By Shina Patel
Oscar Wilde once said, “I think it’s very healthy to spend time alone. You need to know how to be alone and not be defined by another person.”
I think a common mistake of people in our generation is to surround themselves with people at every waking moment of the day. And we do it because it’s easy. We get up and the first thing we do is text in the group chat to set a plan in motion to meet up for breakfast. We go to class and we divide our attention between the professor and our friend sitting next to us. And you know that you have a class with at least one of your friends because you planned it during registration, obviously.
But an underrated notion is the idea of spending time alone. In my time in London I’ve learned that spending time alone not only is a very inevitable part of life, but very healthy and enjoyable. As much as people try and avoid it, there are going to be times where you have to do things alone such as, run errands, go shopping, or even eat a meal in public. (Gasp!) But don’t worry. I have found that there is something freeing about being on your own schedule and moving at a pace that is perfect just for you. I’m tired of putting things off because it doesn’t fit into everyone’s schedules.
The other day I woke up to a beautiful sunny day and the only thing I wanted to do was go to Hyde Park and find the perfect bench to read my new book. It was 11 am and my flat mates were still sleeping. I thought about maybe waiting until someone woke up and seeing if they wanted to go with me. But I hated that I would just be wasting valuable sun time by waiting around for someone to wake up. Why should I give up what I want to do? My flat mates weren’t giving up their precious sleep time and I wasn’t going to miss the chance to relax in the park. So I went to Hyde Park, alone. Shocking, I know. But I was able to grab a coffee, walk around, appreciate the natural beauty of London, and I found my spot. I found the perfect bench on a path that didn’t get a lot of foot traffic so that I wouldn’t be interrupted and I was able to read my book in peace. And while this act of going to the park and reading a book may seem simple and trivial, I felt it to be oddly liberating. I relished in the fact that I was at the mercy of no one else but myself.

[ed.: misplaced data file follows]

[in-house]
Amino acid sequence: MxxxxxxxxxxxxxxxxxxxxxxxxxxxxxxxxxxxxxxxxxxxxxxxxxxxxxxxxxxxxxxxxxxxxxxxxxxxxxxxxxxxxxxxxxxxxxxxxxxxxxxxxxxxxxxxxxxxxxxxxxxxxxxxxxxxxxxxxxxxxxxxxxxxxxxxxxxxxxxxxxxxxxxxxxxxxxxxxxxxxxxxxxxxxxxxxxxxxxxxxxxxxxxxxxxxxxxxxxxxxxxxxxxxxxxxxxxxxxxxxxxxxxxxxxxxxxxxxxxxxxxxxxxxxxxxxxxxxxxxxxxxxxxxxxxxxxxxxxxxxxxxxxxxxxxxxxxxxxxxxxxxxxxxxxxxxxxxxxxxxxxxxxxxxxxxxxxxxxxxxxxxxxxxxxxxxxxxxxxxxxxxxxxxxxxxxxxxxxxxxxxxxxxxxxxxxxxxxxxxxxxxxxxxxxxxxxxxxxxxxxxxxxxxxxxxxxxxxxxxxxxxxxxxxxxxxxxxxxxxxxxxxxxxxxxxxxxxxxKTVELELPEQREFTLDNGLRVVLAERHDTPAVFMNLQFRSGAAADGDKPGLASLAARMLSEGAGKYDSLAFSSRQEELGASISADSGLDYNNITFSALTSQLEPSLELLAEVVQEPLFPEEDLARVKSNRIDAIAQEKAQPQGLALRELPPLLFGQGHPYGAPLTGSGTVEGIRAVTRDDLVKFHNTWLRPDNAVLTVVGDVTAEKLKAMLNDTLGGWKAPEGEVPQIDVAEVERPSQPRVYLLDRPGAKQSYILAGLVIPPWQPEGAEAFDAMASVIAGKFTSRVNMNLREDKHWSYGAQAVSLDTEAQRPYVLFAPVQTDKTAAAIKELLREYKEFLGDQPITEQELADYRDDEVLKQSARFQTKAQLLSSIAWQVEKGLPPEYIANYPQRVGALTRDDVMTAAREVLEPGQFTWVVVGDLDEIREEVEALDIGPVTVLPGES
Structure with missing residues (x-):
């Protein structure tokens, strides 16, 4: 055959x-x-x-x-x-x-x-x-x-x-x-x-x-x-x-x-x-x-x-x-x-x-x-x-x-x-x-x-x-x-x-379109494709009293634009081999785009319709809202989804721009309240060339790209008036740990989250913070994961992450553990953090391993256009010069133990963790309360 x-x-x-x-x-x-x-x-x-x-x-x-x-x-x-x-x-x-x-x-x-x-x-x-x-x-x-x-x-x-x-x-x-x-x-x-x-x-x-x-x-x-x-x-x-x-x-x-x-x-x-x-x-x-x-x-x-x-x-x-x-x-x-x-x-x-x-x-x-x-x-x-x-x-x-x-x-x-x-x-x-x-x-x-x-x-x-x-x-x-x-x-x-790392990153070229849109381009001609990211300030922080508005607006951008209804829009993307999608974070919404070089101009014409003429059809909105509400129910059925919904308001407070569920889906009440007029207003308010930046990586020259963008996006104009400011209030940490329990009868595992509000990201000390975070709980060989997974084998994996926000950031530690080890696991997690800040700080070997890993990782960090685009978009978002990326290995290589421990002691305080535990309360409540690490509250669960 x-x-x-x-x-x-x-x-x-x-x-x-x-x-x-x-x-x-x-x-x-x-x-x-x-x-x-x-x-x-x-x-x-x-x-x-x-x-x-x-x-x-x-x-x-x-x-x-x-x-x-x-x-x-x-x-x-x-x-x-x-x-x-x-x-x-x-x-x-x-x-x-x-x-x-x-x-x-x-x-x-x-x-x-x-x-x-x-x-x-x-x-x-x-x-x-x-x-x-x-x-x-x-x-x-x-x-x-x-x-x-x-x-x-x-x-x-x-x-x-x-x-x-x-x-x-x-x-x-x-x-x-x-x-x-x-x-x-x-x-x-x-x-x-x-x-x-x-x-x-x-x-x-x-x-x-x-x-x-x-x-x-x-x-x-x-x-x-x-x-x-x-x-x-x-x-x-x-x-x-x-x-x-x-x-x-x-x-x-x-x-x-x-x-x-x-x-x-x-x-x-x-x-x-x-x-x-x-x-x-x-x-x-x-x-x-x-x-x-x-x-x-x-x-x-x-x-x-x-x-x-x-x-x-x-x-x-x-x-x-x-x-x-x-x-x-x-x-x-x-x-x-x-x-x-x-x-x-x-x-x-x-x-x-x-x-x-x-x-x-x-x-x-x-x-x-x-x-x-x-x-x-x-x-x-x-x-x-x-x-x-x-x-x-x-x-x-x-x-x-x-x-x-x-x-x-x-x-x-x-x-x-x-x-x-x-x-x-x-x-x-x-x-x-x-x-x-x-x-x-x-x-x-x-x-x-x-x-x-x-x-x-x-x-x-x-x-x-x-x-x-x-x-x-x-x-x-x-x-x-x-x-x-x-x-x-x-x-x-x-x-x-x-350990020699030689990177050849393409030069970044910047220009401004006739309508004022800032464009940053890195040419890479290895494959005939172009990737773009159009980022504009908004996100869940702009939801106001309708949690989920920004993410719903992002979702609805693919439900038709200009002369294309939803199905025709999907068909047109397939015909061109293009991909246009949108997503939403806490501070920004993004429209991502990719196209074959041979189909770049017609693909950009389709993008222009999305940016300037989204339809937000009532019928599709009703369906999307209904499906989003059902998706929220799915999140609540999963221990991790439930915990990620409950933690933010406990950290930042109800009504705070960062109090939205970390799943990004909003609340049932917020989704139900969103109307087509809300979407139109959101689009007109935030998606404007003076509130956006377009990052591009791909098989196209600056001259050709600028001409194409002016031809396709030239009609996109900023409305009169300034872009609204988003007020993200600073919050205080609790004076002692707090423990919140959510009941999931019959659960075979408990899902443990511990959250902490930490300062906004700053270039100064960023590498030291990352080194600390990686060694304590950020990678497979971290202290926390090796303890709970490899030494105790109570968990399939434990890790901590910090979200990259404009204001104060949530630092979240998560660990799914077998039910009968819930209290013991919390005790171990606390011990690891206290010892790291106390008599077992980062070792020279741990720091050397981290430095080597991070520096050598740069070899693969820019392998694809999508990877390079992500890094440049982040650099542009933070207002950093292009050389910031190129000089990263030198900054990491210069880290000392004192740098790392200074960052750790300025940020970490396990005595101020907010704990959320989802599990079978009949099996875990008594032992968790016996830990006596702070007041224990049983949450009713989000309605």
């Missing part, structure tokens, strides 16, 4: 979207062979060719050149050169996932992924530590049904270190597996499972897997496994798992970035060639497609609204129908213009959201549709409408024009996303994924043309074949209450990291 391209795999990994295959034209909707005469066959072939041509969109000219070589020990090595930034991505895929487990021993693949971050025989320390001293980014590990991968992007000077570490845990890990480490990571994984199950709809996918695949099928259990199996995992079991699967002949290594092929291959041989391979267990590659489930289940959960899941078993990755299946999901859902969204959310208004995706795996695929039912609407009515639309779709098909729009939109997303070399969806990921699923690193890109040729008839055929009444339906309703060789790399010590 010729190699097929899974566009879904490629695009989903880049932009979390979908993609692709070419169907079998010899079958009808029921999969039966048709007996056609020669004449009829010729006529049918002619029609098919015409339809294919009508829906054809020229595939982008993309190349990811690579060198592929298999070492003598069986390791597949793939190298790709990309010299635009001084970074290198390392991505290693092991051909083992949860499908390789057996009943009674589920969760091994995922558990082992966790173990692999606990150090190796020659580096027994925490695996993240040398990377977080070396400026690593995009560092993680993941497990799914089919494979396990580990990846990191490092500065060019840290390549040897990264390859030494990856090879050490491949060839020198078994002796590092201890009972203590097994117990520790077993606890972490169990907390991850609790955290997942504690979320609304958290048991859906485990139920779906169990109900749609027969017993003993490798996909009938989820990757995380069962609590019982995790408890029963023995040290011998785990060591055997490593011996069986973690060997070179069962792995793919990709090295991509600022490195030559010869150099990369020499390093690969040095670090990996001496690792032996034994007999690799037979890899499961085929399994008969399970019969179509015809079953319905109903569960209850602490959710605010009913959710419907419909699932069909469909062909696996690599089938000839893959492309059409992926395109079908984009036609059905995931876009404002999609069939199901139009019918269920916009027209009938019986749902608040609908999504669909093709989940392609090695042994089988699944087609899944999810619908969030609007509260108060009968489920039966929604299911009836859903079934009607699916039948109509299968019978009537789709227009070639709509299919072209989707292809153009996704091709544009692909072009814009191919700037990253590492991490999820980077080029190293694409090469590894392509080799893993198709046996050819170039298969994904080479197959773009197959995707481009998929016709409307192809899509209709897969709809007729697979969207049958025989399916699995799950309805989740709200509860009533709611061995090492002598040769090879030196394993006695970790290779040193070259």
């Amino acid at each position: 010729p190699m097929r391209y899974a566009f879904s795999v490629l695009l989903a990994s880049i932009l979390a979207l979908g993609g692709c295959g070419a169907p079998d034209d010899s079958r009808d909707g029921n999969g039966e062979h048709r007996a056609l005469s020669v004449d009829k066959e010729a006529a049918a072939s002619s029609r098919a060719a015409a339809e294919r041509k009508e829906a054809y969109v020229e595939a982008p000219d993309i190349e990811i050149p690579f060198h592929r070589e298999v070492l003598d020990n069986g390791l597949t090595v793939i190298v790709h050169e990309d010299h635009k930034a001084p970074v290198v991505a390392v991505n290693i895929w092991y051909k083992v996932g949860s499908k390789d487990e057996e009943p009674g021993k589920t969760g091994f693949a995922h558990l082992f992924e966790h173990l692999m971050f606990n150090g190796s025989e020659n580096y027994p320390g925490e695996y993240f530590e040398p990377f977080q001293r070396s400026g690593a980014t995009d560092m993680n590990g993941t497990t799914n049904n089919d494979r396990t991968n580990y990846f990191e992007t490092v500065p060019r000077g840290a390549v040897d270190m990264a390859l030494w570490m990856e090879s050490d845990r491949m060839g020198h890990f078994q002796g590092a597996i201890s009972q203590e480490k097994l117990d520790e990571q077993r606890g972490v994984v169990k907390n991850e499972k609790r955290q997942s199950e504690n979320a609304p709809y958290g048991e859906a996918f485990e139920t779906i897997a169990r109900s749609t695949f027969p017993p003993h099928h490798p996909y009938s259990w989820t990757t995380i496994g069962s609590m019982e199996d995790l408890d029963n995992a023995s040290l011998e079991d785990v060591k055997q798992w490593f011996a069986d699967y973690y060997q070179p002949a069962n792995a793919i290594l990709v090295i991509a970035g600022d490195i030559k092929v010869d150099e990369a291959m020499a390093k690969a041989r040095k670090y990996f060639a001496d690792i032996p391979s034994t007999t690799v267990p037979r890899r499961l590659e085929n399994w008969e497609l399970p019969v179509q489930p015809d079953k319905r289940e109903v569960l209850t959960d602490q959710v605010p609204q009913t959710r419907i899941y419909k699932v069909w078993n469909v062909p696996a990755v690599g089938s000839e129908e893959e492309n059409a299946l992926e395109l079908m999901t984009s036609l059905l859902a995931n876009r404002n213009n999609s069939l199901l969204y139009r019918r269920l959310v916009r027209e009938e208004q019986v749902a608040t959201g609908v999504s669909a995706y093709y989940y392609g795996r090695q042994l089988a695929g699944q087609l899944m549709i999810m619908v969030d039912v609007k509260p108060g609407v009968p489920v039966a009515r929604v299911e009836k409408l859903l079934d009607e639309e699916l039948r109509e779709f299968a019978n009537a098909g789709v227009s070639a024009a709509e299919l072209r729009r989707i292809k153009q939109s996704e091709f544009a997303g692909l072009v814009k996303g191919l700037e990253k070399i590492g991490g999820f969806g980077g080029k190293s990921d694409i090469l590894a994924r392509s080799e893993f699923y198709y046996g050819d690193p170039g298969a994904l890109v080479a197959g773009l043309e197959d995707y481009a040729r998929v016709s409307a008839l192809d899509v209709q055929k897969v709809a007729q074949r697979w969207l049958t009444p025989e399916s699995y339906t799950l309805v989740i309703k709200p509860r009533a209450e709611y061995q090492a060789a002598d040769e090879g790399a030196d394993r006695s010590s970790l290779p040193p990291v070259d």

I began to discover that not only did I not mind spending time alone, but I was actually enjoying it. Spending time alone has helped me figure out who I am, when others aren’t always around. It has helped me become more comfortable in my own skin. I don’t feel self-conscious about being out alone because I am doing it by choice. I’m okay with wandering the Victoria and Albert Museum by myself because I am able to stop and stare at the exhibits for as long as I want or I can skip over some parts and come back to them on my time.
Don’t get me wrong, I’m not saying that I hate spending time with my friends or even my flat mates here in London; I cherish the time I have with them and wouldn’t trade it in for anything in the world. I just also enjoy some quality time with myself. Spending time in London has taught me something; I am the most important person in my life. While this may sound selfish, it’s the truth. I need to make Shina happy before I can worry about other people’s problems. Alone time allows me to make myself happy and I am a better person because of it. So next time you doubt yourself about going to Eick alone, don’t. I know I won’t.